Blackbirdan online journal of literature and the artsSpring 2019  Vol. 18 No. 1
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The last time he had come by for his stuff hadn’t been goodbye at all. She’d gone into her bedroom to retrieve his slippers and he’d followed her in and they’d made love on top of the comforter and he’d left empty-handed. This time he stayed put in her living room, poised on the edge of her armchair.

He’d come back for everything. He wanted it all back, every last thing he’d left behind in her apartment. Closure, he called it. She was a loose thread to be bitten off clean between the teeth. Once he had everything, there’d be no reason to call or come by, no excuse to repeat the last visit’s mistake.

Their breakup, he said, was on her. He’d never known a woman to be so selfish.

She returned to the living room with a small box from Amazon. Repurposed from her last book order, it was the smallest box she could find, just the right size to hold all of his belongings. “This should do it,” she said.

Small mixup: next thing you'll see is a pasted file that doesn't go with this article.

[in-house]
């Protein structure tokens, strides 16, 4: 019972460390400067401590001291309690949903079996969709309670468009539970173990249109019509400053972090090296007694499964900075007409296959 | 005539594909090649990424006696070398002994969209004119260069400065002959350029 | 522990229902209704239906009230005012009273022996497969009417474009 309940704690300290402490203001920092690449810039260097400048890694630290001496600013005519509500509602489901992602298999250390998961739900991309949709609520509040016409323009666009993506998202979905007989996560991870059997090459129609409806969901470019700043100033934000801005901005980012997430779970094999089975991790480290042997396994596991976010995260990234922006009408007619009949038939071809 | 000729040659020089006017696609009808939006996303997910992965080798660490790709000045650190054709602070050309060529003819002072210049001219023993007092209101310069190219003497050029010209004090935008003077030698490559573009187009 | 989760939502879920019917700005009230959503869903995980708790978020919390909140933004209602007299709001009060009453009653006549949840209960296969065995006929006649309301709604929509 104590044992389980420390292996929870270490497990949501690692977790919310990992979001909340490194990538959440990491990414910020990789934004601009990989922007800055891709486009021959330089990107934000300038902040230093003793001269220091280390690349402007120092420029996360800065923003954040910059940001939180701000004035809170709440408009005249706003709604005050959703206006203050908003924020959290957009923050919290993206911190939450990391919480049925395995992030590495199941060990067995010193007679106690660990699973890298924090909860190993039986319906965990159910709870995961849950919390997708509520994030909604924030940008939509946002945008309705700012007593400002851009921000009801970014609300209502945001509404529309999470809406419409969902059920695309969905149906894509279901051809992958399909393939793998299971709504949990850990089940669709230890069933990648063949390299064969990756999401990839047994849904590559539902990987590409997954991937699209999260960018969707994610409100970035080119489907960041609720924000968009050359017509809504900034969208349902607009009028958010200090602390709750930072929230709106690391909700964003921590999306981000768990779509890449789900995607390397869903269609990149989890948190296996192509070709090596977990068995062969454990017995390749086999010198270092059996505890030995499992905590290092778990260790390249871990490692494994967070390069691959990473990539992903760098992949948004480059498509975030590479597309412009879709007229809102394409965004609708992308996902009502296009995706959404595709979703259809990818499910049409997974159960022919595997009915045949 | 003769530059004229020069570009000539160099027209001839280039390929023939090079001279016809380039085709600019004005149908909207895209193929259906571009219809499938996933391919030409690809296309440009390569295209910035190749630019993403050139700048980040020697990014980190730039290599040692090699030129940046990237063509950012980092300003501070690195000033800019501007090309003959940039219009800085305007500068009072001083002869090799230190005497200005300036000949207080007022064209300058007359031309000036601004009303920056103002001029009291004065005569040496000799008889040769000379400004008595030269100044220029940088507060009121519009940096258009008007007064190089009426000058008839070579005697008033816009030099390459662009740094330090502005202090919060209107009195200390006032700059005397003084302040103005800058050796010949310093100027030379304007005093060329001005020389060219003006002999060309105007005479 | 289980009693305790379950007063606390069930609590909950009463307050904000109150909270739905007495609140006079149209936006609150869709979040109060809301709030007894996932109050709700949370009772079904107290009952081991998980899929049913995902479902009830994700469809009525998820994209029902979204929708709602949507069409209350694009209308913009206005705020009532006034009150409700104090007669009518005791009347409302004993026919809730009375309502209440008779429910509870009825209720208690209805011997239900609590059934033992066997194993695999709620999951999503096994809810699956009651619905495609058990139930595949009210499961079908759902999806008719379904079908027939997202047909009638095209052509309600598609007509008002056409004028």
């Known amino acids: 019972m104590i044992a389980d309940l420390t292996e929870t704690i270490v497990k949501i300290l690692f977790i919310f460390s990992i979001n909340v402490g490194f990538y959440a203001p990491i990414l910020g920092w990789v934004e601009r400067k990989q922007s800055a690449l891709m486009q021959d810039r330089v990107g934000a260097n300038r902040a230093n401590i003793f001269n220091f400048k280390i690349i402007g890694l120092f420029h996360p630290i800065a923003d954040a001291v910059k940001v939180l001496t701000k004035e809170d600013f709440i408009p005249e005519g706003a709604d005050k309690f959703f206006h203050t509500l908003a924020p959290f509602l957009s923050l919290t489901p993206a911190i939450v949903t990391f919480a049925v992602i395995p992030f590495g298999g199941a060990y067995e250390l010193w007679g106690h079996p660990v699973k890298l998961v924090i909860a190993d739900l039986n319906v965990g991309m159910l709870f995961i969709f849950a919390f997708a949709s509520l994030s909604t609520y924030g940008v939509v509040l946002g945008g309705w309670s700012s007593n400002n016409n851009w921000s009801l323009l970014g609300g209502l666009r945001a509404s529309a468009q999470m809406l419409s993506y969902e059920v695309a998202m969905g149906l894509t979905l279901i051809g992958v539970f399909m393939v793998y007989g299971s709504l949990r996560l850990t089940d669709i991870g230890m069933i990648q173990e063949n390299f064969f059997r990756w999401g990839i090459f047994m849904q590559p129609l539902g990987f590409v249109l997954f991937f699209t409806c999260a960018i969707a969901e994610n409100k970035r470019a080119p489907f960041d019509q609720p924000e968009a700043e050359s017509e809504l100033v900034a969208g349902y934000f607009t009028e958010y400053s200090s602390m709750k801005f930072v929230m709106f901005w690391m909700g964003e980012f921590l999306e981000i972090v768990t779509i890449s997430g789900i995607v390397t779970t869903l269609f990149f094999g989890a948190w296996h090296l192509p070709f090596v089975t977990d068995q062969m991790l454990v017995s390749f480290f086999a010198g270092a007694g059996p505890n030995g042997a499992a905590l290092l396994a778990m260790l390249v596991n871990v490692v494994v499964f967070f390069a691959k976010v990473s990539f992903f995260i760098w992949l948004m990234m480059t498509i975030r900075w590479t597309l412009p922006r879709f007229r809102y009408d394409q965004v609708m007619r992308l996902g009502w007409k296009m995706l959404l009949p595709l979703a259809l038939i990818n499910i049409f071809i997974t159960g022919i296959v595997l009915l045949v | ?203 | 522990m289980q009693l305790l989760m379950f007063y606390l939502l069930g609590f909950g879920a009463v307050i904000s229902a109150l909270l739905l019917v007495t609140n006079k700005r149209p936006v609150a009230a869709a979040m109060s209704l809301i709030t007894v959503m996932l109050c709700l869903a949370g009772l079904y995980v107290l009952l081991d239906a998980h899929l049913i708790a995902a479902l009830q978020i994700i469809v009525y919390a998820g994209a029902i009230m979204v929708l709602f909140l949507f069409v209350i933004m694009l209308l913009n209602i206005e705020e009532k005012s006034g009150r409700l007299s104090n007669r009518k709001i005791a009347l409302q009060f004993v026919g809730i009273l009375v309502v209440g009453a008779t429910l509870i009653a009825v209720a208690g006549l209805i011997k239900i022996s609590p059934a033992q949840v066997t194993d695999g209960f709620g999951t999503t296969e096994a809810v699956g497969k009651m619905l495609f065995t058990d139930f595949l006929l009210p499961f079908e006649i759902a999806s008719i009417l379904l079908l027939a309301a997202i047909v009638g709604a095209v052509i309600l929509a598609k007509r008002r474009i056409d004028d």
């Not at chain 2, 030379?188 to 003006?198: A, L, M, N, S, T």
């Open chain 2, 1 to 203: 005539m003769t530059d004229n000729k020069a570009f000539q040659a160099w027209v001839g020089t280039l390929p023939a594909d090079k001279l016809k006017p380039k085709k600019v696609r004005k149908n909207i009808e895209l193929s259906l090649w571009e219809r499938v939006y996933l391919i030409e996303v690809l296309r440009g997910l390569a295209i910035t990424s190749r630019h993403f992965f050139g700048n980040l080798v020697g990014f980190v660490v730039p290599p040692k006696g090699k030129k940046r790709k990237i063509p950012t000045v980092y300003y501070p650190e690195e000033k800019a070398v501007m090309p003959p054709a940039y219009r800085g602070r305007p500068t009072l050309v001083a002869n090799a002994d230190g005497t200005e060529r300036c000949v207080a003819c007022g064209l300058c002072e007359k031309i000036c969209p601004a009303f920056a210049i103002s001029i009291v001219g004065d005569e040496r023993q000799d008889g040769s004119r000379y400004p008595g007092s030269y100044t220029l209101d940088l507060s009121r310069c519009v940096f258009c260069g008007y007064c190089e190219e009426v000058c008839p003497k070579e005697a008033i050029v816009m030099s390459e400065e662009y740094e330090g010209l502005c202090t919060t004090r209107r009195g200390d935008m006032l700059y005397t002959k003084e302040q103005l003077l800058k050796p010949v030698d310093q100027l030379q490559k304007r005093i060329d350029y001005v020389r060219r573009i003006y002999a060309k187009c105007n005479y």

He sprang up from her chair, took the box right out of her hands. But there were just a few things in there, really. Those leather slippers she’d bought for him after he’d stayed over and complained about her cold, uncarpeted floors. The two boxes of peppermint tea she’d purchased because he loved the fresh taste and tingle of mint, though its smell made her ill. One night, after a dinner date, she’d surprised him with a cup of that tea, but he’d complained she’d bought the wrong brand. Just a few things to be returned. The package of individual floss picks she’d bought for him after the first night he slept over—the next morning he’d groused at the way her dental floss tangled when he pulled it from the spool. That blue frosted pint glass from the sports bar arcade they’d ventured into that time he’d picked her up after a delayed flight—the closest place they could find near the airport. There they had eaten fried things and watched college football. Afterward, in the games section, they’d played Skee-Ball, and she’d earned just enough tickets to win him the glass.

“Is that everything?” he asked her, checking to be sure.

Surely he could see that everything fit into the small box. For proof, she withdrew each packed item, and, one by one, she replaced them all back snug. The box he held was full. There wasn’t room for anything more. There wasn’t even room for all there was.  

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